Much like a perfect storm at sea is the consequence of three converging bad weather fronts, three significant global economic trends have begun to intensify and converge in recent months: (1) a slowing of the China economy and a parallel growing financial instability in its shadow banking system; (2) a collapse in emerging markets currencies (India, Brazil, Turkey, South Africa, Indonesia, etc.)
and their economic slowdown; (3) a continued drift toward deflation in the Eurozone economies, led by growing problems in Italy and economic stagnation now spreading to France, the Eurozone’s second largest economy. The problems in these three critical areas of the global economy, moreover, have begun to feed off of each other.
Despite tens of trillions of dollars injected into the global economy since 2008 by central banks in the US, UK, Europe, and, most recently Japan, real job creating investment is slowing everywhere globally. The massive liquidity (money) injections by central banks have either flowed into global financial markets speculation (stocks, bonds, derivatives, futures, options, foreign exchange, funds and financial instruments of various kinds), hoarded as cash on bank and non-bank corporate balance sheets, hidden away in dozens of offshore tax shelters from Cayman islands to the Seychelles, or invested in emerging markets like China, India, Brazil, Indonesia, Turkey, and elsewhere.
The primary beneficiaries of these central bank money creation policies have been global very high net worth investors, their financial institutions, and global corporations in general. According to a study in 2013 by Capgemini, a global business consultancy, Very High Net Worth Investors increased their investable wealth by $4 trillion in 2012 alone, with projected further asset growth of $4 trillion a year in the coming decade. The primary financial institutions which invest on their behalf, what are called ‘shadow banks’ (i.e. hedge funds, private equity firms, asset management companies, and dozens of other globally unregulated financial institutions) more than doubled their total assets from 2008 to 2013, and now hold more than $71 trillion in investible assets globally.
This massive accrual of wealth by global finance capitalists and their institutions occurred in speculating and investing in offshore financial and emerging market opportunities—made possible in the final analysis by the trillions of dollars, pounds, Euros, and Yen provided at little or no cost by central banks’ policies since 2008. That is, until 2014.
That massive tens of trillions of dollars, diverted from the US, Europe and Japan to the so-called ‘Emerging Markets’ and China is now beginning to flow back from the emerging markets to the ‘west’.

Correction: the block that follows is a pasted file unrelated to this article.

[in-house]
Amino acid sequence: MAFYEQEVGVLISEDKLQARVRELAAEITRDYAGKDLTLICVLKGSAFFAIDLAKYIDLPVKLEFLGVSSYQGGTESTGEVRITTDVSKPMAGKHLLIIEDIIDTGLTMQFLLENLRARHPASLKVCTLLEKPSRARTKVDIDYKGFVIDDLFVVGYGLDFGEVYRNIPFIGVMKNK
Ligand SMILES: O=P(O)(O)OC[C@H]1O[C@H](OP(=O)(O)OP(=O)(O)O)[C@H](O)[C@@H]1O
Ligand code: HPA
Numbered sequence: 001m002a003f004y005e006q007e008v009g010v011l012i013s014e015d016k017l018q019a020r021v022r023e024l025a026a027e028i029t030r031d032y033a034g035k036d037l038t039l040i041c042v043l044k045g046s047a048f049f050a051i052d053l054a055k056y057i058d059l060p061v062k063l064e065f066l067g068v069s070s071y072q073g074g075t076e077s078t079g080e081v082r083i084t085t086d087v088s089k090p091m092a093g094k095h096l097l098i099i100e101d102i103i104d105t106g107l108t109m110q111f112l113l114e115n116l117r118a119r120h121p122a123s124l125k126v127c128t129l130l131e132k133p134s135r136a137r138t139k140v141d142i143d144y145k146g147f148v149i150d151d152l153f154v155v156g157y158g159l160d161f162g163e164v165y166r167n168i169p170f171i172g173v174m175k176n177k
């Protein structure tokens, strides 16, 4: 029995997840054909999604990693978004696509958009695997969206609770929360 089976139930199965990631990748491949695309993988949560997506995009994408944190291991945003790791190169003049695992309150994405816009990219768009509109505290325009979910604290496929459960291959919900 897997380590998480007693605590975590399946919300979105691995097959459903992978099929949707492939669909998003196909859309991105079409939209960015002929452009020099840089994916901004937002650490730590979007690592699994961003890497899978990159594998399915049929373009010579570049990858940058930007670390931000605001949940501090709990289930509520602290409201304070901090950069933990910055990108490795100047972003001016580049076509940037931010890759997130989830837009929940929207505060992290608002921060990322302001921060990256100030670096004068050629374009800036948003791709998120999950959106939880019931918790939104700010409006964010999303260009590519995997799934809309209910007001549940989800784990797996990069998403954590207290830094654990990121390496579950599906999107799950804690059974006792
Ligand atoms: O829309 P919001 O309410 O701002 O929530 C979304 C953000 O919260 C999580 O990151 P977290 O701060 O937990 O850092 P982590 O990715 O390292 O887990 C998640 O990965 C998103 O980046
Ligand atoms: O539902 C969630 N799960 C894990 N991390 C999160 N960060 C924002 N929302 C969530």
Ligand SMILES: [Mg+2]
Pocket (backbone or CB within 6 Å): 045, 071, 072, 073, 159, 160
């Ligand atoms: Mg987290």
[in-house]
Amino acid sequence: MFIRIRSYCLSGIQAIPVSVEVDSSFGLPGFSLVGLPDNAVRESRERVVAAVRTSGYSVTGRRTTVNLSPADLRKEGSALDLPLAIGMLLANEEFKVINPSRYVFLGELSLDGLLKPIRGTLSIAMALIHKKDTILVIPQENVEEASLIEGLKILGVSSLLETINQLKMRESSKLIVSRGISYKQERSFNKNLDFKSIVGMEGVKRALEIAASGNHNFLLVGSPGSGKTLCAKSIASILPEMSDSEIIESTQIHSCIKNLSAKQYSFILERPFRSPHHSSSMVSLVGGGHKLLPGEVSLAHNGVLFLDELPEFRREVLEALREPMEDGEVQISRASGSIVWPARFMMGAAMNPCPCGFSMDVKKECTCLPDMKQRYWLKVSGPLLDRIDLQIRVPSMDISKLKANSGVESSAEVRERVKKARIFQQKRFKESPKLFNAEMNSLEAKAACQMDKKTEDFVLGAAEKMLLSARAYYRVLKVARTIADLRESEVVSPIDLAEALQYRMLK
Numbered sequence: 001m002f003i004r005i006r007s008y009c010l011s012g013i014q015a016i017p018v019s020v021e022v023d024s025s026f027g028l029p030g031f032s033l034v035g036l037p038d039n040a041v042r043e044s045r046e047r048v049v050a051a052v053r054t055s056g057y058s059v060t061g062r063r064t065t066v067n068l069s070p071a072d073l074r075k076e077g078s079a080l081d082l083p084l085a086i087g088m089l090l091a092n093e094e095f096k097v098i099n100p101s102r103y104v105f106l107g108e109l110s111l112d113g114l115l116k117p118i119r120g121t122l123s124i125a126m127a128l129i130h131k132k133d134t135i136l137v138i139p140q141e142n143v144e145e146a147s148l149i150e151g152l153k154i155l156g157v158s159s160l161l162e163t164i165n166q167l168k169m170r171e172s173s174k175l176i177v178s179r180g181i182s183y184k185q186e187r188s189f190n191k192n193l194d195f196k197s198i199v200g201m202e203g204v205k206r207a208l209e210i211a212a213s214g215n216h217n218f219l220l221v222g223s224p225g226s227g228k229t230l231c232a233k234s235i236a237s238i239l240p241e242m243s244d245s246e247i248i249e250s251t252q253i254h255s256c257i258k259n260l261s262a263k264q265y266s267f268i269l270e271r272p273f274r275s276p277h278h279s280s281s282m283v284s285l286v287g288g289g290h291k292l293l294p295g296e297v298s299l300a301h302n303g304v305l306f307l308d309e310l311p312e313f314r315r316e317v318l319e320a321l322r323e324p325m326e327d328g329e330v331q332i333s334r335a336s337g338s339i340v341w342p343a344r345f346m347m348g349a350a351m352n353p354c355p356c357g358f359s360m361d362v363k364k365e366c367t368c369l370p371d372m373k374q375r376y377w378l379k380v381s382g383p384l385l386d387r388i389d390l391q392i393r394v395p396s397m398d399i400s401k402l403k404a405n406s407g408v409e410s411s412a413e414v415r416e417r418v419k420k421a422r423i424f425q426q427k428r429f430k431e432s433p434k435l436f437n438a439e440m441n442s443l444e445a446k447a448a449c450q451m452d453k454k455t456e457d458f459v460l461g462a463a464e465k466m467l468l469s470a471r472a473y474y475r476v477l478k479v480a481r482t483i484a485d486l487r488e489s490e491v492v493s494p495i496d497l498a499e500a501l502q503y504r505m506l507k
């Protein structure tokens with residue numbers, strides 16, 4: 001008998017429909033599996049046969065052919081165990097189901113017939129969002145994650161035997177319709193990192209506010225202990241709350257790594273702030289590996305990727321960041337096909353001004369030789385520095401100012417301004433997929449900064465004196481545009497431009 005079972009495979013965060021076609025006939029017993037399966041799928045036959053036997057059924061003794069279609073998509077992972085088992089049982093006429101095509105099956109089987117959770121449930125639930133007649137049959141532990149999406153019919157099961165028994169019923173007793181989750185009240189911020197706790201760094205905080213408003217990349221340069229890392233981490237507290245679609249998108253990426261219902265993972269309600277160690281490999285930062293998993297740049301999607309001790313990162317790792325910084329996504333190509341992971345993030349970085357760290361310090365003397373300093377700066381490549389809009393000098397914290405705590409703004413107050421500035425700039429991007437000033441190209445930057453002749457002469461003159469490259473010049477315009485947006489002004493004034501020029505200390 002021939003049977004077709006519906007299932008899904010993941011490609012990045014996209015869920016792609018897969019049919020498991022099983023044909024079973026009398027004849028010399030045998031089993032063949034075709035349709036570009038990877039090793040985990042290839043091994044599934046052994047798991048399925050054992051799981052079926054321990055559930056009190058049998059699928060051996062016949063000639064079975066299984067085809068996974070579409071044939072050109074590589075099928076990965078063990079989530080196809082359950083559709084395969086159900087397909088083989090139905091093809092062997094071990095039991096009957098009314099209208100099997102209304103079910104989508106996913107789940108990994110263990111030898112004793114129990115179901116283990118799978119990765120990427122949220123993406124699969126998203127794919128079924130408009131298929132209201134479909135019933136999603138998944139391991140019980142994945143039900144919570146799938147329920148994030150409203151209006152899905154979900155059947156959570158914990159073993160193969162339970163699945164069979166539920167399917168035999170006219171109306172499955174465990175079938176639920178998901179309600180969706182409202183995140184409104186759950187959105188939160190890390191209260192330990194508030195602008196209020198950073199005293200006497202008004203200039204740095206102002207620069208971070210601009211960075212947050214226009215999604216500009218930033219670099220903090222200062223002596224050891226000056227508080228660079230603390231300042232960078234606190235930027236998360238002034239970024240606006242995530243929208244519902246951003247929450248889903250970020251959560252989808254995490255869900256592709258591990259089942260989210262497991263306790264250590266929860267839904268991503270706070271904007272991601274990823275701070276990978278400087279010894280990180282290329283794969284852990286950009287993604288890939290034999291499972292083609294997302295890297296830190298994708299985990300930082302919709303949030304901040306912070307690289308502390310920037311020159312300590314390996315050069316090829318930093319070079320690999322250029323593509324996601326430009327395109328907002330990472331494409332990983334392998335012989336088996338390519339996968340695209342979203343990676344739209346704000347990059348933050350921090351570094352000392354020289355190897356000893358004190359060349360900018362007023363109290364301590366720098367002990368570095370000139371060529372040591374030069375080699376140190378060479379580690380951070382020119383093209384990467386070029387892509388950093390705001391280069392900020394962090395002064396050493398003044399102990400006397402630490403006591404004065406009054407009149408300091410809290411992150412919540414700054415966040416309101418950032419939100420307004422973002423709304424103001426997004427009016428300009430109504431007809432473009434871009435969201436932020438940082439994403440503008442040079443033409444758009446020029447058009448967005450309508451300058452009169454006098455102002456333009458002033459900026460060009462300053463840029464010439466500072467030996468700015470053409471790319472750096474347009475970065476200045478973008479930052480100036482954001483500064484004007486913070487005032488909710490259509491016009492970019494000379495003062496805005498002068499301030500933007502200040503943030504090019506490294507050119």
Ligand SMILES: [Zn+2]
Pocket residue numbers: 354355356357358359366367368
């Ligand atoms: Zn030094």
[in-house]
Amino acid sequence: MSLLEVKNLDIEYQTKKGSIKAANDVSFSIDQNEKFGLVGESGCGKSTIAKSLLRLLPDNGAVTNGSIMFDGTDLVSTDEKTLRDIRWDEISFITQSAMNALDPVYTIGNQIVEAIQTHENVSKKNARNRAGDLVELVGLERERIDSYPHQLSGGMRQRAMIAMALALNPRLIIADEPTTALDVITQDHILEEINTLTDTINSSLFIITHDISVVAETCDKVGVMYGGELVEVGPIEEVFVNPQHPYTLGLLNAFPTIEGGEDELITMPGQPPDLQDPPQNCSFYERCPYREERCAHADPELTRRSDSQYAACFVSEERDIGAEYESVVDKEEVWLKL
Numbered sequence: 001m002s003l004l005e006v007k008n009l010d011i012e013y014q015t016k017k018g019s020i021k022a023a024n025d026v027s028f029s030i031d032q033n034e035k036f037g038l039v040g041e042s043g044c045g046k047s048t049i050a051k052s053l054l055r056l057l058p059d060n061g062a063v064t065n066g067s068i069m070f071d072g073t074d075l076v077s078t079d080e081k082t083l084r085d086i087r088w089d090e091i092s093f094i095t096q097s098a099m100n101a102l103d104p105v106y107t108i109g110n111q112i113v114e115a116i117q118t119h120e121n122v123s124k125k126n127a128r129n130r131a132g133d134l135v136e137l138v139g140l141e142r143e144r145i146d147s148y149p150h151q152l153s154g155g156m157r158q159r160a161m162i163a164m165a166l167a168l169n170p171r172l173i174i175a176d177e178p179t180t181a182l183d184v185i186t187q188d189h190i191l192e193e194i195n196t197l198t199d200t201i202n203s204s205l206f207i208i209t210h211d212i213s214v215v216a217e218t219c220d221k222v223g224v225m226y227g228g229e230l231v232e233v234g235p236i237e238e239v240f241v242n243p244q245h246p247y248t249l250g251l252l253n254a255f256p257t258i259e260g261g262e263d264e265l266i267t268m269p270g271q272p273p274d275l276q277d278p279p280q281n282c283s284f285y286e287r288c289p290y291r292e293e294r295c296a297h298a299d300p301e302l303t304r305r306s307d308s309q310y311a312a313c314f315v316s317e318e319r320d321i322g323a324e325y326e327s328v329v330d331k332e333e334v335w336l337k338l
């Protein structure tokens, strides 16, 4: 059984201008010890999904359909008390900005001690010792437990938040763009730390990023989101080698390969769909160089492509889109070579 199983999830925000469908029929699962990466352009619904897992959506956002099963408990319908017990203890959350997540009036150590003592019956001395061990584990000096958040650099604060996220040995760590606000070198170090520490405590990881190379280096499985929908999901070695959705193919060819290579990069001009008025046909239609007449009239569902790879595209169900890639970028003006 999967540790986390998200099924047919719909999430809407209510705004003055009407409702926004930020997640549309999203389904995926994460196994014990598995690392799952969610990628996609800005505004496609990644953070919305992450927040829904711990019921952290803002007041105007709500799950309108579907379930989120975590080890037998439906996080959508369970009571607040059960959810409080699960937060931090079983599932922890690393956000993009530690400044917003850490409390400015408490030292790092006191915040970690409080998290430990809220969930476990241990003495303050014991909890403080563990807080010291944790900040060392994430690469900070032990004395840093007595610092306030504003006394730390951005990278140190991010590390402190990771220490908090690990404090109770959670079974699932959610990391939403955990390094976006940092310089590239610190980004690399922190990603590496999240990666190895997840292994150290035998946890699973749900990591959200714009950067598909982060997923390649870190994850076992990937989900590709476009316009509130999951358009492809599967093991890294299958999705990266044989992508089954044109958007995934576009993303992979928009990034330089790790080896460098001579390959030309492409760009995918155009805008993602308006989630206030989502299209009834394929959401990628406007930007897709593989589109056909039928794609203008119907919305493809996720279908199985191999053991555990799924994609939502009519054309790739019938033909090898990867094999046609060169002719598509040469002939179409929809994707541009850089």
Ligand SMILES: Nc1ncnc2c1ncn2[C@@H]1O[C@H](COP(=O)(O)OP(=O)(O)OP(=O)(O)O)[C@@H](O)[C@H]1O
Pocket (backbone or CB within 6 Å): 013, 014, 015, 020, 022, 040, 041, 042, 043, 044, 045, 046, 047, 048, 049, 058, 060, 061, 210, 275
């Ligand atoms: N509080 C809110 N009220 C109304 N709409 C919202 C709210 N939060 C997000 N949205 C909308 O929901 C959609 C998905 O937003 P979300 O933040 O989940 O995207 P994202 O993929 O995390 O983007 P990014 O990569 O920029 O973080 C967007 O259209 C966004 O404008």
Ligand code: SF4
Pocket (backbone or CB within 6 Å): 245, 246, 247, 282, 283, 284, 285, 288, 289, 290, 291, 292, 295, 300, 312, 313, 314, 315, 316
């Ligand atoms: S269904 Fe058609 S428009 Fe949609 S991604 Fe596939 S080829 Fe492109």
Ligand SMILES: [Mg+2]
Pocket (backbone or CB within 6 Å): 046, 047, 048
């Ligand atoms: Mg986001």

Consequently in turn, the locus of the global crisis that first erupted in 2008 in the U.S., then shifted to Europe between 2010-early 2013, is now shifting again, a third time. Financial and economic instability is now emerging and deepening in offshore markets and economies—and growing increasingly likely in China as well.
(The following analysis of China today is an excerpt from the author’s forthcoming article “The Emerging Global Economic Perfect Storm”, that will appear in the March print issue of ‘Z’ Magazine, where the Eurozone and Emerging Markets’ economies are assessed as well. For the complete article, see Z Magazine or the author’s website, www.kyklosproductions.com/articles/html.)
China’s Growing Financial and Economic Instability
Prior to the 2008 global financial crisis and recession, China’s economy was growing at an annual rate of 14 percent. Today that rate is 7.5 percent, with the strong possibility of a still much slower rate of growth in 2014.
China initially slowed economically in 2008 but quickly recovered and grew more rapidly by 2009—unlike the U.S. and Europe. A massive fiscal stimulus of about 15 percent of its GDP, or 3 times the size of the comparable U.S. stimulus of 2009, was responsible for China’s quick recovery. That fiscal stimulus focused on government-direct investment in infrastructure, unlike the U.S. 2009 stimulus that largely focused on subsidies to states and tax cuts for business and investors. In 2007-08 China also had no shadow banking problem to speak of. So the expansionary monetary policies it introduced, along with its stimulus, further aided its rapid recovery by 2010. Since 2012, however, China has been encountering a growing problem with global shadow banks that have been destabilizing its housing and local government debt markets. At the same time, beginning in 2012, the China non-financial economy, including its manufacturing and export sectors, has been showing distinct signs of slowing as well.
On the financial side, total debt (government and private) in China has risen from 130 percent of GDP in 2008 to 230 percent of GDP, with shadow banks share rising from 25 percent in 2008 to 90 percent of the totals by 2013. So shadow banks share of total debt has almost quadrupled and represents nearly all the debt as share of GDP increase since 2008. Shadow banks have thus been the driving force behind China’s growing local debt problem and emerging financial fragility.
Much of that debt increase has been directed into a local housing bubble and an accompanying local government debt bubble, as local governments have pushed housing, new enterprise lending, and local infrastructure projects to the limit. Local government debt was estimated in 2011 by China central government at $1.7 trillion. It has grown in just 2 years to more than $5 trillion by some estimates. Much of that debt is also short term. It is thus highly unstable, subject to unpredictable defaults, and could spread and destabilize a broader segment of the financial system in China—much like subprime mortgages did in the U.S. before.